1st CFL game since 2019 a Blue Bombers-Tiger-Cats Grey Cup rematch

The Canadian Football League unveiled its 14-game regular season Tuesday, a day after the board of governors voted to resume play Aug. 5. The league didn’t play in 2020 due to the COVID-19 pandemic.

The Blue Bombers and Tiger-Cats will open the 2021 CFL season on Aug. 5 in Winnipeg, which won the 2019 Grey Cup over Hamilton. It was the most recent game played on Nov. 24, 2019 before the league cancelled the 2020 campaign due to the coronavirus pandemic. (Todd Korol/The Canadian Press)

The Canadian Football League has scheduled a Grey Cup rematch for its return.

The CFL unveiled its 14-game regular season Tuesday, a day after the board of governors voted to resume play Aug. 5. The league didn’t play in 2020 due to the COVID-19 pandemic.

The CFL’s first game on opening night will feature the Hamilton Tiger-Cats visiting the Winnipeg Blue Bombers. The last league game played was between the two teams, with the Bombers downing the Ticats 33-12 in the ’19 Grey Cup contest.

There will be no exhibition games this year.

WATCH | CFL to return in summer for abbreviated 2021 season:

After being forced to cancel its last season, the CFL is returning this summer, but the league will be challenged by bringing in fans safely and attracting a younger audience. 2:03

The newly renamed Edmonton Elks will play their first game Aug. 7 hosting the Ottawa Redblacks. All four East Division teams will play the first two weeks of the season in Western Canada as some West Division clubs are expected to be able to host fans sooner and in greater numbers as the season gets underway.

Then on Sept. 6, Toronto will visit Hamilton while the Calgary Stampeders will host Edmonton. The six teams will meet again in rematches the following week. The Ticats will visit the Argos on Sept. 10 before the Riders visit Winnipeg and Calgary visits Edmonton the following day.

The Labour Day game versus Toronto will be Hamilton’s first this season at Tim Hortons Field. The Argos will be the first East Division team to play at home when they host Winnipeg on Aug. 21.

Montreal’s first home contest will be Aug. 27 versus Hamilton while Ottawa returns to TD Stadium on Aug. 28 against the B.C. Lions.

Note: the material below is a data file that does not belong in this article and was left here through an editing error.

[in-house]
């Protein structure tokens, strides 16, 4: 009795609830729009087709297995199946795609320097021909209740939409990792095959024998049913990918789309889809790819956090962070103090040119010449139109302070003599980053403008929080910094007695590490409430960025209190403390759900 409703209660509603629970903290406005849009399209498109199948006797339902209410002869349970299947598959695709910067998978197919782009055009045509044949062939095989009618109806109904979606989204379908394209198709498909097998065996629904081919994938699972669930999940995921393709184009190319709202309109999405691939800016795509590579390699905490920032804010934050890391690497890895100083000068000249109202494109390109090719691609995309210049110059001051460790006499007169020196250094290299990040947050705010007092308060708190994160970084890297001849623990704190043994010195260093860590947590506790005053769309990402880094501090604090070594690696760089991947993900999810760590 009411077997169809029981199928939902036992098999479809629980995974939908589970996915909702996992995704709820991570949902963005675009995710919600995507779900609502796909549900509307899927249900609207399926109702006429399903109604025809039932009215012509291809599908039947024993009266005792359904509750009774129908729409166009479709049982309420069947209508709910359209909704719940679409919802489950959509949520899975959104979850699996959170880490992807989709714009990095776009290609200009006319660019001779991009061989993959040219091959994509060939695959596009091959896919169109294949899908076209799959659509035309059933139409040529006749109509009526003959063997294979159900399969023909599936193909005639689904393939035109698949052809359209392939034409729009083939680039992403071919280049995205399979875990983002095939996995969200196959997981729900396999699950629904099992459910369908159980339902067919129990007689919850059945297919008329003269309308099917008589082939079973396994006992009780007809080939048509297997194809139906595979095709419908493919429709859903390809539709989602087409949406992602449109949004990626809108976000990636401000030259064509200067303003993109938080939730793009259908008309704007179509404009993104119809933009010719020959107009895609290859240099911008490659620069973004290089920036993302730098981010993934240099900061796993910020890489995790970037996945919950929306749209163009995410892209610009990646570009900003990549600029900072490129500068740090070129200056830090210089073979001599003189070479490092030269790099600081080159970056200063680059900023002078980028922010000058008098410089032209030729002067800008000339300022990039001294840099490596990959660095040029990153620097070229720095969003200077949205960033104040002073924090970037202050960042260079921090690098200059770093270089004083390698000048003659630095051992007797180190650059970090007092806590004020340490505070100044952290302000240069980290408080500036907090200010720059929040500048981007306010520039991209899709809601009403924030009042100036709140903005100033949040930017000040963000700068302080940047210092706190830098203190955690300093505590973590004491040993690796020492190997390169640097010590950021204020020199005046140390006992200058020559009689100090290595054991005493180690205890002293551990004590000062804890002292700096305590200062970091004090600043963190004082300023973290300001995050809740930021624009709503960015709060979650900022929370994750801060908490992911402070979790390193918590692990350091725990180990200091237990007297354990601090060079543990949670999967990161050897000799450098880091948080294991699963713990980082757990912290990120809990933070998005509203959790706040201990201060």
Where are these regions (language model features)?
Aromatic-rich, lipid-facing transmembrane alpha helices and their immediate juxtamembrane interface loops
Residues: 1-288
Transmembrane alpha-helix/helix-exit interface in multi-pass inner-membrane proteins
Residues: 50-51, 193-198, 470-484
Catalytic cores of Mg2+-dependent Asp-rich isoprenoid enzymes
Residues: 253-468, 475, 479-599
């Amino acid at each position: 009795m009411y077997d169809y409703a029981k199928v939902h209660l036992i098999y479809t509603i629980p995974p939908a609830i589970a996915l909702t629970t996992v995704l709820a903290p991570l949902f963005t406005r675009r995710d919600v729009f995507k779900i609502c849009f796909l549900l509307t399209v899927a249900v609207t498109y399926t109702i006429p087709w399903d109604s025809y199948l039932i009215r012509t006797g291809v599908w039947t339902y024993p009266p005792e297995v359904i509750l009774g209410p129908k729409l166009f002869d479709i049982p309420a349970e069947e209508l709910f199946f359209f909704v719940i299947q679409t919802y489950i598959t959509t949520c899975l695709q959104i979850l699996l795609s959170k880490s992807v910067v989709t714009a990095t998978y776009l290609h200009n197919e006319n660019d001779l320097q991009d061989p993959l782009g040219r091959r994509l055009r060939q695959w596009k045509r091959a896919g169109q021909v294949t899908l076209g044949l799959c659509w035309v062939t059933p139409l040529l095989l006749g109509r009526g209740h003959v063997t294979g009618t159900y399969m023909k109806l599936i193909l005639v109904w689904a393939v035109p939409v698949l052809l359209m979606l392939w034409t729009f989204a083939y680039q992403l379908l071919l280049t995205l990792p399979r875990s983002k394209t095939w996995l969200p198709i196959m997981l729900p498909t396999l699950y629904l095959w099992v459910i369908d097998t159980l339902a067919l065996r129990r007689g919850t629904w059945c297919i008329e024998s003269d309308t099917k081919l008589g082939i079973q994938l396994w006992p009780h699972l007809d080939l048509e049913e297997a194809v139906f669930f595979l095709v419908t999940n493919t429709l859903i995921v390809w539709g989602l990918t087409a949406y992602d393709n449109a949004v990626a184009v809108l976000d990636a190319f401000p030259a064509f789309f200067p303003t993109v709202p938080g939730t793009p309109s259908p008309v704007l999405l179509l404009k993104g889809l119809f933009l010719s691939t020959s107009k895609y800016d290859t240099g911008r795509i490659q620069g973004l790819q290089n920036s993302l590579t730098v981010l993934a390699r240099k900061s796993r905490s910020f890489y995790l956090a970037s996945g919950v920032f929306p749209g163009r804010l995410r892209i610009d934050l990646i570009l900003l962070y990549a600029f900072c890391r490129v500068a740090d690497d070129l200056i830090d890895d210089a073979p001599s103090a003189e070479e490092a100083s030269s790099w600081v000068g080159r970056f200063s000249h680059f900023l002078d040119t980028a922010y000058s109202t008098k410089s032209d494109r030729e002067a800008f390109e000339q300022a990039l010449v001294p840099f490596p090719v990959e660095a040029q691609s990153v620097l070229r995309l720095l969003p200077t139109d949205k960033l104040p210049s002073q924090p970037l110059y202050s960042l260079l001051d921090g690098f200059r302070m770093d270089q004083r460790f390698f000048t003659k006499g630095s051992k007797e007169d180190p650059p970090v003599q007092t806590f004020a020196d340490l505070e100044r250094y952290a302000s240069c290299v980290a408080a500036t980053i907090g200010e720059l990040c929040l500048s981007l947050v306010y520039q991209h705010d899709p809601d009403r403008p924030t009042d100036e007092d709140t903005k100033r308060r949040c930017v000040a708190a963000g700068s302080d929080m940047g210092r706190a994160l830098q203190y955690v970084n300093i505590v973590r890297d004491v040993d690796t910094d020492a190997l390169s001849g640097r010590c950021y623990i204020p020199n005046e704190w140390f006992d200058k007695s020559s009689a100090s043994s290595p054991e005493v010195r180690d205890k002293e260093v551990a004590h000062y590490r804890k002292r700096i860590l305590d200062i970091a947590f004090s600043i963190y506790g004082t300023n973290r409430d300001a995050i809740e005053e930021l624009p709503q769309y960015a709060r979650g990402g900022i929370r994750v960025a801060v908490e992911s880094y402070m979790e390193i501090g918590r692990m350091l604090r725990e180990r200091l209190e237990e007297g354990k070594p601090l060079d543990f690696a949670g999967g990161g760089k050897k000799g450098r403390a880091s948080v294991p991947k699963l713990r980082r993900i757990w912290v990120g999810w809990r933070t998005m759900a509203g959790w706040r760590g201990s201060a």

Six of the final eight games on the schedule will be between division rivals. The Grey Cup game will cap the season Dec. 12 in Hamilton.


Lack of scoring remains a concern for Canada’s soccer women heading into Olympics

The Canadian women’s soccer team has a respectable record with the Tokyo Olympics just over a month away. But the team has scored just six goals over the last seven games. Even more troubling is that Christine Sinclair hasn’t scored in her previous eight appearances for Canada dating back to February 2020. 

Canada will need more than the superb two-way play of fullback Ashley Lawrence, middle, if it hopes to win a medal in Tokyo. (Warren Little/Getty Images)

Bev Priestman didn’t temper expectations during her introductory press conference as coach of the Canadian women’s soccer team last October.

Priestman inherited a side that won back-to-back bronze medals at the Olympics under former coach John Herdman, and another third-place finish this summer in Tokyo would mark an unprecedented achievement for Canada. But Priestman, who served as an assistant under Herdman at the 2016 Games in Rio, began her reign as head coach by setting the bar much higher.

“A team like Canada should be on that podium. I do think we need to change the colour of the medal. Two bronzes [are] unbelievable and it’s a fantastic achievement, and credit to John and the staff and the players that achieved that. [But] to keep moving forward, we have to aim higher than that,” Priestman said at the time.

So, it’s a silver or gold medal or bust in Japan. However, that could be a tall order for a Canadian team that has struggled to score and lacked attacking creativity.

Thus far in 2021, Canada has a respectable record of three wins, two losses and two draws, but, worryingly, it has been shut out four times and has scored just six goals over those seven games. Even more troubling is that Christine Sinclair hasn’t scored in her previous eight appearances for Canada dating back to February 2020. 

“I think [the goals are] going to come. I know I sound like a broken record… But absolutely, I think we have to be more clinical,” Priestman said after Monday’s 0-0 draw with Brazil in an Olympic tune-up.